I realise that many readers of this blog also subscribe to the awakened eye (nods and waves to you) and have probably read Michael’s essay. But for those of you who haven’t, do yourself a favour and immerse yourself in his writing about creativity, authenticity, playfulness, wonderment, beauty, the holy fool, plus a selection of his whimsical artworks. Here’s the link:
on losing the plot and regaining the world of the holy fool
A couple more quotes – I can’t help myself, these are so cool…
The artist needs to know how to lose the plot
– how to not care and how to not know –
and how to actually enjoy that freedom
and understand what a blessed revitalizing state all of that mess can be.
The most joyous painting is not done for the art world, it is done for the inner world; it is a self delighting other-worldly thing – a getting lost in regression and solitude; a sub-literate, semi-delirious way to be with the spirited little fool in the depths of one’s being for a while – there to invent one’s art freely, and there to find enchantment, infinite surprise and the bright wondrous question ‘What is this?’
Michael Leunig Appreciation Page on Facebook
A Leunig post from the archives, 2010
artist, leave the world of art!
Holy Fool, Artworks, by Michael Leunig
9 thoughts on “to hell with solemnity and proper art”
Great post! I identify with this entire process….both as an artist and human being.
Thanks for visiting and leaving a comment Catherine. I agree with you 100% – this isn’t just about making art, it applies to the art of living as well. I think that’s what we love so much about Leunig – the depth and universality of his wisdom.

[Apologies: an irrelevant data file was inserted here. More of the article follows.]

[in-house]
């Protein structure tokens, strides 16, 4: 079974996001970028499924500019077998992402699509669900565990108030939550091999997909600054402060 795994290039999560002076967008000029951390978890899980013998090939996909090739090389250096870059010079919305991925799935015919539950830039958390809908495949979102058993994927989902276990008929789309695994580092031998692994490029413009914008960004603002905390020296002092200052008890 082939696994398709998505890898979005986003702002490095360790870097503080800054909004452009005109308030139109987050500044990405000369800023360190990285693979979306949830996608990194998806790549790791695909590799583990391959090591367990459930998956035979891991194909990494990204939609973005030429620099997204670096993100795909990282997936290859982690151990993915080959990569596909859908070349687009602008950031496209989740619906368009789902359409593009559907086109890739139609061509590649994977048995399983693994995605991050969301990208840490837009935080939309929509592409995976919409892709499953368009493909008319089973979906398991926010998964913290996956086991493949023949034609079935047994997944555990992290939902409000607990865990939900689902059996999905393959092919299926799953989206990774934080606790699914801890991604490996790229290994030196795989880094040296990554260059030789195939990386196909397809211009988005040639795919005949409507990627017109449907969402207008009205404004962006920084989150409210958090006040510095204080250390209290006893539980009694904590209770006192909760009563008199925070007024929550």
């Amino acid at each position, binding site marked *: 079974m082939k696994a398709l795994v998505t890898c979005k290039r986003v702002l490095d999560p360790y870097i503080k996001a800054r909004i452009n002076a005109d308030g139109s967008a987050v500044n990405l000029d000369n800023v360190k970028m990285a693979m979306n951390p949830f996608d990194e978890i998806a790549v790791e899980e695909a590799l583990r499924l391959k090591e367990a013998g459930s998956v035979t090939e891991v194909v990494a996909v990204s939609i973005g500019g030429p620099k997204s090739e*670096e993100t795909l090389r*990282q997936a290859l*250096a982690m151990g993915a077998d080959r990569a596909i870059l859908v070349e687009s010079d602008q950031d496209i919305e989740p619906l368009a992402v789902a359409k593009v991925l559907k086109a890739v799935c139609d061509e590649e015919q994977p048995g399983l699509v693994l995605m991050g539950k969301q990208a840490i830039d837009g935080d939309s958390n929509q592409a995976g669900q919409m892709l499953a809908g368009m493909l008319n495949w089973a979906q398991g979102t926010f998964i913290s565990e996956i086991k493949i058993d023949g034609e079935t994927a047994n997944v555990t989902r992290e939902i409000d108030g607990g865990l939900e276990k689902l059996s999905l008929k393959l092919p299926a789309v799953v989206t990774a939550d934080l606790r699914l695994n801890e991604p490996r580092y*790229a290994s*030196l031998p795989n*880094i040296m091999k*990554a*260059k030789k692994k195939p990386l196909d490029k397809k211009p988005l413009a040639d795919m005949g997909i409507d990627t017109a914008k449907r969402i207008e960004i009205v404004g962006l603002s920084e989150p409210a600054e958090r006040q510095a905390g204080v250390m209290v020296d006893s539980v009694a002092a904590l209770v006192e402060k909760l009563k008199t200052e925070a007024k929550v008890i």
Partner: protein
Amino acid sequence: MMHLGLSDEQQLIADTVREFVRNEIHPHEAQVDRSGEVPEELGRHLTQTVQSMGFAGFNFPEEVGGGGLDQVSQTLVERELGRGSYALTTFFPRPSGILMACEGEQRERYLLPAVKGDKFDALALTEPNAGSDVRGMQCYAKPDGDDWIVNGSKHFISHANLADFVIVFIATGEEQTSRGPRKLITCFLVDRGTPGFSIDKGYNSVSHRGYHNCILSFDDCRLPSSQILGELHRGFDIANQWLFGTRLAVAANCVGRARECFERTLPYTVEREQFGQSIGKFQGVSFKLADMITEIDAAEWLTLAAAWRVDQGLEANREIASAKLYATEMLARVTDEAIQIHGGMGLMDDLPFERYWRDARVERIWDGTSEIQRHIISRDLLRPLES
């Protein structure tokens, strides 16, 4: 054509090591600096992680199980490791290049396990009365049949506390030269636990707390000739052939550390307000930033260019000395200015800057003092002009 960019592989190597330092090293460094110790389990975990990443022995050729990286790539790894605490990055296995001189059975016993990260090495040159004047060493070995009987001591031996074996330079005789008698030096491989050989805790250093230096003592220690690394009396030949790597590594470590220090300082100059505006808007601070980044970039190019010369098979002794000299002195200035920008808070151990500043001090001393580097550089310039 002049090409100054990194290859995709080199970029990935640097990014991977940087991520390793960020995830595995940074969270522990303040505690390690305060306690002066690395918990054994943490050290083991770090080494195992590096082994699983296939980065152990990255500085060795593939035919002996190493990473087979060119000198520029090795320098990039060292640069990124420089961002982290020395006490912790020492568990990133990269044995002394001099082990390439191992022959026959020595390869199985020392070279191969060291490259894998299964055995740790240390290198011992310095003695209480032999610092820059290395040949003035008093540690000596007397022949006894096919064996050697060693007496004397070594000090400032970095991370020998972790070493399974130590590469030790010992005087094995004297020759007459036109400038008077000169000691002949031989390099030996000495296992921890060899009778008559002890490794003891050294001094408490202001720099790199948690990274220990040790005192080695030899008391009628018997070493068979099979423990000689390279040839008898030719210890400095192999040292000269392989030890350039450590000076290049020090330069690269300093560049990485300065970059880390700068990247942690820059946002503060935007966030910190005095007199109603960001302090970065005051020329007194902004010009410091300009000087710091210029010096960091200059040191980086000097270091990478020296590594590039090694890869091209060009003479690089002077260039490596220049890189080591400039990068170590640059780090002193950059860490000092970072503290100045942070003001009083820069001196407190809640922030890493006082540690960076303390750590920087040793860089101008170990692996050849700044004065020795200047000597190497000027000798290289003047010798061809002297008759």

I loved having a fresh look at your blog and new work. You are a magician with colour! And the way you articulate your observations about your process is so clear and helpful. Bravo! 🙂
Thank you for the introduction, which only serves to reinforce my notion that you Aussies are culturally way ahead of most of the rest of the world. 🙂 I read the whole piece, and loved it, and will pass it along…
You are so welcome! But don’t jump to conclusions about any cultural superiority here… our Leunig is a rare creature. 🙂
I’m glad you enjoyed the essay and are willing to “pass it along”.
Spread the joy around!
I’ve enjoyed Leunig’s work for years, but I hadn’t seen this essay–thanks! Reminds me of J. Huizinga’s 1935 book “Homo Ludens”…his anthropological theory is that human civilization (so to speak)–including religion, the arts, and scientific creativity–stems from the urge to play.
Thanks for visiting and leaving a comment, Ann. A good reminder about Huizinga’s work – and now we have the news of conscious playfulness in Neanderthals, as evidenced in their cave drawings and paintings…
I’ve always felt that the universe spins on a hub of questions, and that playful exploration is the way it explores them.
Thanks for the introduction to your site – I plan to spend some time there today!
How wonderful! Never heard of Leunig before – thank you for making me aware of him & and his writing!
Michael Leunig is a legend in Australia dear Sigrun – I’m so happy you like his writing!
Thank you for visiting, and leaving a comment. Sending smiles from downunder. 🙂
Reblogged this on Florence with Suzanne and commented:
From my dear friend ML – what an awesome post!